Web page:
That was a favorite saying of the late Peter Capstick, the well-known author and professional big-game hunter and guide in Africa. It's just been proven true again with the near-death of a six-year-old boy in South Africa.
A leopard at a South African game reserve snatched a six-year-old boy and ran off with him.
Little Kellan Denny was attacked and dragged away by the big cat at Kruger National Park.
As the male leopard ran off with the youngster, his father Justin chased the big cat and screamed out: “No! No! No! This can’t be happening.”
Kellan was dragged 30 metres by the leopard who had sunk his teeth into the boy’s shoulder before he was recovered.
Justin was able to retrieve his son after the leopard dropped the boy from his jaws. Kellan, who is said to be ‘quite traumatised’ is now recovering at home.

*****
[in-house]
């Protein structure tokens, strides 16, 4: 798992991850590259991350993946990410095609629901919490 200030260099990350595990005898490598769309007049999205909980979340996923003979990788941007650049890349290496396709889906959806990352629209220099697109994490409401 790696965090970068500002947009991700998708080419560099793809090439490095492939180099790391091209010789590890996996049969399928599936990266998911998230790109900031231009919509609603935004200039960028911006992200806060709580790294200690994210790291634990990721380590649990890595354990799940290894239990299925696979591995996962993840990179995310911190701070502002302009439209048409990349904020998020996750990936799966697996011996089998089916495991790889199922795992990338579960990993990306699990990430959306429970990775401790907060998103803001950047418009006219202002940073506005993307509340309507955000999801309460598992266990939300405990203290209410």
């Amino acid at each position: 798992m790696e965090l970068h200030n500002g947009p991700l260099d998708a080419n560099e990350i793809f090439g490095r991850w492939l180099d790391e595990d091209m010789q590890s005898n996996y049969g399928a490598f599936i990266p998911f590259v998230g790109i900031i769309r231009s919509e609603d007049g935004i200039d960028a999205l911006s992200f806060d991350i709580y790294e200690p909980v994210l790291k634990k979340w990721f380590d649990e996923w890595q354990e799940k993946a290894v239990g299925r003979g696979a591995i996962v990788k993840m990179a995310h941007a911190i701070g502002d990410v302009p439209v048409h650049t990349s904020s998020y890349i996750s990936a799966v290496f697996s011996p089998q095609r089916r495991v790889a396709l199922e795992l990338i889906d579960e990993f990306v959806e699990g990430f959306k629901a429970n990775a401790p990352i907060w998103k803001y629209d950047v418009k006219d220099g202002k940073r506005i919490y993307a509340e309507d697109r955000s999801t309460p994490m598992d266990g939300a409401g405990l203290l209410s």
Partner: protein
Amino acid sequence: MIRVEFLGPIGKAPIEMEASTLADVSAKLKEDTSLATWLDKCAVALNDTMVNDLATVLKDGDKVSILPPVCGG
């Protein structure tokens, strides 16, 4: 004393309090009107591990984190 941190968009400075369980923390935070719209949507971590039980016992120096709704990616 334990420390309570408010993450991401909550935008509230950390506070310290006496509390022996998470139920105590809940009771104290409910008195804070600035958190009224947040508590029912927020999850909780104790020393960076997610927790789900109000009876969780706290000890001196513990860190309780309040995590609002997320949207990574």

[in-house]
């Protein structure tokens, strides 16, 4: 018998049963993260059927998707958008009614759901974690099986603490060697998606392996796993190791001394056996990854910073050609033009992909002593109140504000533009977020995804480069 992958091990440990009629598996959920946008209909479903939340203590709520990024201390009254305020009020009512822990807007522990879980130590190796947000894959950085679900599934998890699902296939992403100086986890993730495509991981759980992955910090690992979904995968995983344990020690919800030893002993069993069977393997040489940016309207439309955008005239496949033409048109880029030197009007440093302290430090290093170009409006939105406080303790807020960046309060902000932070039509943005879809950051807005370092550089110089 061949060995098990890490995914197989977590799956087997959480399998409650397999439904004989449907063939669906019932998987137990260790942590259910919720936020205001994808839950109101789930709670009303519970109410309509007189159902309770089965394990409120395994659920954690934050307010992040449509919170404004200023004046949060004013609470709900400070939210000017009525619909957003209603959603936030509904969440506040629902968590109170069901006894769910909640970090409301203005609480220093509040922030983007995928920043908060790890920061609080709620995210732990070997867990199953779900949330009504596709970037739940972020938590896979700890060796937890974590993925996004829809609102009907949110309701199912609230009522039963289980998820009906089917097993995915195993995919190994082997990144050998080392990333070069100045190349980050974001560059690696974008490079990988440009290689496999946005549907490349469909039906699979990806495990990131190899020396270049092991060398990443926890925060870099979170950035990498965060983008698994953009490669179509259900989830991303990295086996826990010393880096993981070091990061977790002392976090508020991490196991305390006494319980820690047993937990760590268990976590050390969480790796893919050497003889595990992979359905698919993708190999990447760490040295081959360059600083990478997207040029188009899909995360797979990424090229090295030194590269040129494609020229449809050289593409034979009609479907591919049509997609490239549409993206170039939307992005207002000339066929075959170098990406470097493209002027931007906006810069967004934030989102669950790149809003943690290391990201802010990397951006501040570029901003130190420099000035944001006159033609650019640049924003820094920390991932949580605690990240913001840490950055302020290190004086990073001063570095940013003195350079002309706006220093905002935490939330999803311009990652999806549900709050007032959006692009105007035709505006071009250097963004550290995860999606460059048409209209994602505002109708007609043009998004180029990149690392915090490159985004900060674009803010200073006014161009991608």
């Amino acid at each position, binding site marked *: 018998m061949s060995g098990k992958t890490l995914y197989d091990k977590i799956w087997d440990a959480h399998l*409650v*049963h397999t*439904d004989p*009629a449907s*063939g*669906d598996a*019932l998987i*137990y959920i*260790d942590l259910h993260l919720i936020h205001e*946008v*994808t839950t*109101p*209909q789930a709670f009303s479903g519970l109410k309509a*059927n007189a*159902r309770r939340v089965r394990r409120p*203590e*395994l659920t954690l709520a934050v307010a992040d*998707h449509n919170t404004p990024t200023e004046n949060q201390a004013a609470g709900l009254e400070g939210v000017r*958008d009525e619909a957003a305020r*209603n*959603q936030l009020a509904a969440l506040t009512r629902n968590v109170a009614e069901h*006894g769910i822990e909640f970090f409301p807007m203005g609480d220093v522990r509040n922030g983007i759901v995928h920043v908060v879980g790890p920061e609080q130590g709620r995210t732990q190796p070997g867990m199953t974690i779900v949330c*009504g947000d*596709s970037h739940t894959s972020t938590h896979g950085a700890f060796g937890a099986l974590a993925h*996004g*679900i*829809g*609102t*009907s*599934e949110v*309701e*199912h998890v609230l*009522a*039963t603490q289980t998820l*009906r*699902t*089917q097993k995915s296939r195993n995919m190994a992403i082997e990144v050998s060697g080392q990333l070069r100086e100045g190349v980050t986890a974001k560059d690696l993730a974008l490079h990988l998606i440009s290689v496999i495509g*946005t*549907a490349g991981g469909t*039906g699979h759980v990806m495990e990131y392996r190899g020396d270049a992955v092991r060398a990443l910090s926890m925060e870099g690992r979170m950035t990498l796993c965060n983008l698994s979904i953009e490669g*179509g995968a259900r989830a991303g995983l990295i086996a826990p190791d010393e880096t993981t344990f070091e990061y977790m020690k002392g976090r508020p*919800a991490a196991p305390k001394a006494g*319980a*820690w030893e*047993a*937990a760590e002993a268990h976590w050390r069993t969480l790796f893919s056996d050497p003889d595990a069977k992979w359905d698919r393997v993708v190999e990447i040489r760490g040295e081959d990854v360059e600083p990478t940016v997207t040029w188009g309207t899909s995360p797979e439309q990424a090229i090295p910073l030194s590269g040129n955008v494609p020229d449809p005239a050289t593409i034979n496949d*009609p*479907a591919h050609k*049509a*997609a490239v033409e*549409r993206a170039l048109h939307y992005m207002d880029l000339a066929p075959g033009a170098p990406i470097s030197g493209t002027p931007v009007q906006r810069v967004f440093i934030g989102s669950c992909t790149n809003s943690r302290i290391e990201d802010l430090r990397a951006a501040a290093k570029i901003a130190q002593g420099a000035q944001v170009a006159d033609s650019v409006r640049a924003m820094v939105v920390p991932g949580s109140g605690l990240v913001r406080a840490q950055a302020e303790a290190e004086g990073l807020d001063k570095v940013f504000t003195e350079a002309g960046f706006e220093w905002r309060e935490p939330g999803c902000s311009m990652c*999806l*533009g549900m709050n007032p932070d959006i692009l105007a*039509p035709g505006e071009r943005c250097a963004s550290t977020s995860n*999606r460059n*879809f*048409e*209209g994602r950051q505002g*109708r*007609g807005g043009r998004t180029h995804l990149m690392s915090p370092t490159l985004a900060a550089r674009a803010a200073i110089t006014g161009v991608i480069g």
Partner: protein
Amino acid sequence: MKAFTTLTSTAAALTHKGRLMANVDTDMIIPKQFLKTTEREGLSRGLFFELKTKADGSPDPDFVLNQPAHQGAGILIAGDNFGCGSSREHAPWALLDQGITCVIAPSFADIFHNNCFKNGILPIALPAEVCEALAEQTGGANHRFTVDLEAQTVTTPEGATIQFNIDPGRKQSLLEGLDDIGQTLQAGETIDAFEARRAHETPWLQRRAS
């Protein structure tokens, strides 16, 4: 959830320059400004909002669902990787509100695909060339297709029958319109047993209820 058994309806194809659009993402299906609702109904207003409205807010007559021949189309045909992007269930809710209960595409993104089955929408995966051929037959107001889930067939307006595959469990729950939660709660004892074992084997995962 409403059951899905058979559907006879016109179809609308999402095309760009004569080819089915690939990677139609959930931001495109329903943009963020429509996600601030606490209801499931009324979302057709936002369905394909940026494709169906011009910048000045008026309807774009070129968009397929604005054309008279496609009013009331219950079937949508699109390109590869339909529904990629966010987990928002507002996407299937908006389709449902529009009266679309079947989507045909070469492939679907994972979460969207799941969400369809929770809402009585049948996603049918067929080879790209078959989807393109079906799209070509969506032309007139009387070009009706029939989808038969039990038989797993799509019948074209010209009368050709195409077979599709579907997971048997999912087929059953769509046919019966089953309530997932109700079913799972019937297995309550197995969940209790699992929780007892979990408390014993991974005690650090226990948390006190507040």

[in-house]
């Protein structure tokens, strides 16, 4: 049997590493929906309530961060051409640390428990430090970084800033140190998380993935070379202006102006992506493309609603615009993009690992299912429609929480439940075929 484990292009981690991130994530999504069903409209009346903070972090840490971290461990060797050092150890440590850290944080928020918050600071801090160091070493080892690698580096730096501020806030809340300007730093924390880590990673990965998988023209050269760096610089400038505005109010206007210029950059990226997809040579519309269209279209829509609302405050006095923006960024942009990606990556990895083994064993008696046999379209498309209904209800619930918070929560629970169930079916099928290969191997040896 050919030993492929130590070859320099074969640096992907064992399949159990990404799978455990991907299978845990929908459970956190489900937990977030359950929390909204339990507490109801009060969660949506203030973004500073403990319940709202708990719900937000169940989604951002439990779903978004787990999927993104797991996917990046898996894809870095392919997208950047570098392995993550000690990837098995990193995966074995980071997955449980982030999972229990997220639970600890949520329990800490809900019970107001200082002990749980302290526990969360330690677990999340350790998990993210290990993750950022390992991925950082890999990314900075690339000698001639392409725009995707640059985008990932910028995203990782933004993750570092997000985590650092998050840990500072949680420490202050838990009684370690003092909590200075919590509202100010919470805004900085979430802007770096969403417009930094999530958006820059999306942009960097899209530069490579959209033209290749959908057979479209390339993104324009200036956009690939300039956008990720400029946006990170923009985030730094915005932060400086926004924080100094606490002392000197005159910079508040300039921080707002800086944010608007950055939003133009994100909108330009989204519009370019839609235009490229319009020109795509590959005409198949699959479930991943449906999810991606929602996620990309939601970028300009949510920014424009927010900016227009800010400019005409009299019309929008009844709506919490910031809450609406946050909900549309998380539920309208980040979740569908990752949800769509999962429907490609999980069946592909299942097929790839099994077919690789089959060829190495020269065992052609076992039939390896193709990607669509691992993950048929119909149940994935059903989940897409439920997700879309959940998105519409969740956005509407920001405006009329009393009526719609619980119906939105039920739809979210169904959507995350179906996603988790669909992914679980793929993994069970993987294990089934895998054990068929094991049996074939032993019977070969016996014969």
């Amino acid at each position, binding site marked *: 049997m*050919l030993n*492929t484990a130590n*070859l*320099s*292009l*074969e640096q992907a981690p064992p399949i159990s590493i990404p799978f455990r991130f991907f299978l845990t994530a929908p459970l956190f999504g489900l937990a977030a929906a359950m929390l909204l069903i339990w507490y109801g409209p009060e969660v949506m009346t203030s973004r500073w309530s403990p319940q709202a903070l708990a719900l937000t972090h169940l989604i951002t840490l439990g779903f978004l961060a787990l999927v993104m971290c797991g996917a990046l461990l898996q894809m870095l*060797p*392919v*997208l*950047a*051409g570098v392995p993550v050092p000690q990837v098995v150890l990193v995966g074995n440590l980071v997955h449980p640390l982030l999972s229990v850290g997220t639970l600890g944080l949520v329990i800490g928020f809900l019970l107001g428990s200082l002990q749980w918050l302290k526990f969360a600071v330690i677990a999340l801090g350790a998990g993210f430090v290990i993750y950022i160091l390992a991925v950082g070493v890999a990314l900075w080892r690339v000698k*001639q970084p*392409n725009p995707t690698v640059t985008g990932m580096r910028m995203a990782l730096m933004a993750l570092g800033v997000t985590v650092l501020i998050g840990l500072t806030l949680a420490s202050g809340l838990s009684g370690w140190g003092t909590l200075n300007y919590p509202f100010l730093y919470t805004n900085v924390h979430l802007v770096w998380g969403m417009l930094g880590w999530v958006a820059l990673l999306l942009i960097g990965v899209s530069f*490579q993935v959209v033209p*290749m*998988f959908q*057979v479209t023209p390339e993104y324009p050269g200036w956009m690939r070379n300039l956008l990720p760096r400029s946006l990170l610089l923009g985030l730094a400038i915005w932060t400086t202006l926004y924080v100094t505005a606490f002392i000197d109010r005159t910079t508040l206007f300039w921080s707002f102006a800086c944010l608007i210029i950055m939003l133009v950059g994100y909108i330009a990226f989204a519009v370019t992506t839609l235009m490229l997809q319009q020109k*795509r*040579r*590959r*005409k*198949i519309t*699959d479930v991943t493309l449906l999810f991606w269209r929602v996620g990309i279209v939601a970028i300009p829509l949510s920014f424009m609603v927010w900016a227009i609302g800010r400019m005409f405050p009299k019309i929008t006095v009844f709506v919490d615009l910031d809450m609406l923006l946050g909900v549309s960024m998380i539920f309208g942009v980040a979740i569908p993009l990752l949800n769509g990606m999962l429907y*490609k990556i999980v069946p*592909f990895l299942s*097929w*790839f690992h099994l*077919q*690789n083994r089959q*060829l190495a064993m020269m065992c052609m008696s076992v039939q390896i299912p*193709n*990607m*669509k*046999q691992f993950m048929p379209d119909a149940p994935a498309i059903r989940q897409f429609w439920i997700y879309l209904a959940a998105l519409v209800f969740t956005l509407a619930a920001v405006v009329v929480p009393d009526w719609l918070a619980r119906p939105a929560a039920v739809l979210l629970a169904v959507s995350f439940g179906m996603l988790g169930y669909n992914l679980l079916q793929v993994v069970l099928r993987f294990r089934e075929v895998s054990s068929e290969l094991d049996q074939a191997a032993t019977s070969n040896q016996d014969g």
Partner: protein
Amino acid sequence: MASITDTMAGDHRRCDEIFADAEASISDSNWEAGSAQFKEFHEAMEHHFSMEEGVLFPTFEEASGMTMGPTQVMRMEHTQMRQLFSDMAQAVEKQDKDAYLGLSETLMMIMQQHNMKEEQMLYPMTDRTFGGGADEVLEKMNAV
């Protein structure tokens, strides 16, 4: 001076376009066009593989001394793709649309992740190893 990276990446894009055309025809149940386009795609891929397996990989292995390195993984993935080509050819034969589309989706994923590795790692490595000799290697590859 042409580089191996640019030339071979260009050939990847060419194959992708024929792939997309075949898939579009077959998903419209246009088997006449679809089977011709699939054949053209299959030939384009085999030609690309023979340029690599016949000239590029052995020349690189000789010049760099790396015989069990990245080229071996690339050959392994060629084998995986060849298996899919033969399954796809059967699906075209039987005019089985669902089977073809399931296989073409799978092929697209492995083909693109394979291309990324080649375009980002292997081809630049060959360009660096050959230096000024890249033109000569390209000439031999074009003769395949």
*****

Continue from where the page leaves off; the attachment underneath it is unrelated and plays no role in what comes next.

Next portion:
There's more at the link.
What I can't understand is this: if the family was South African, they've surely been taught that predators are opportunists, and will go for the weakest targets that can't fight back. If they didn't know that, they were criminally negligent, because when I was growing up, every South African knew about the dangers of local wildlife. It wasn't even a matter for speculation. Everyone knew.
The fact that the victim was a six-year-old boy is also instructive. In most of the tourist-friendly game farms and cheetah breeding centers in South Africa, there'll be a height chart next to the enclosures where tourists are allowed to enter and mingle with the animals. It'll state that people under a certain height are not admitted - no matter what. No exceptions. The reason is that most African predators distinguish an easy meal from a difficult one by size. Small and succulent equals good eating, irrespective of species; therefore, small and succulent aren't allowed in with them. This incident proves, once again, the wisdom of that policy.
Thanks be to God that the child was saved. I reckon he'll grow up sadder, but wiser.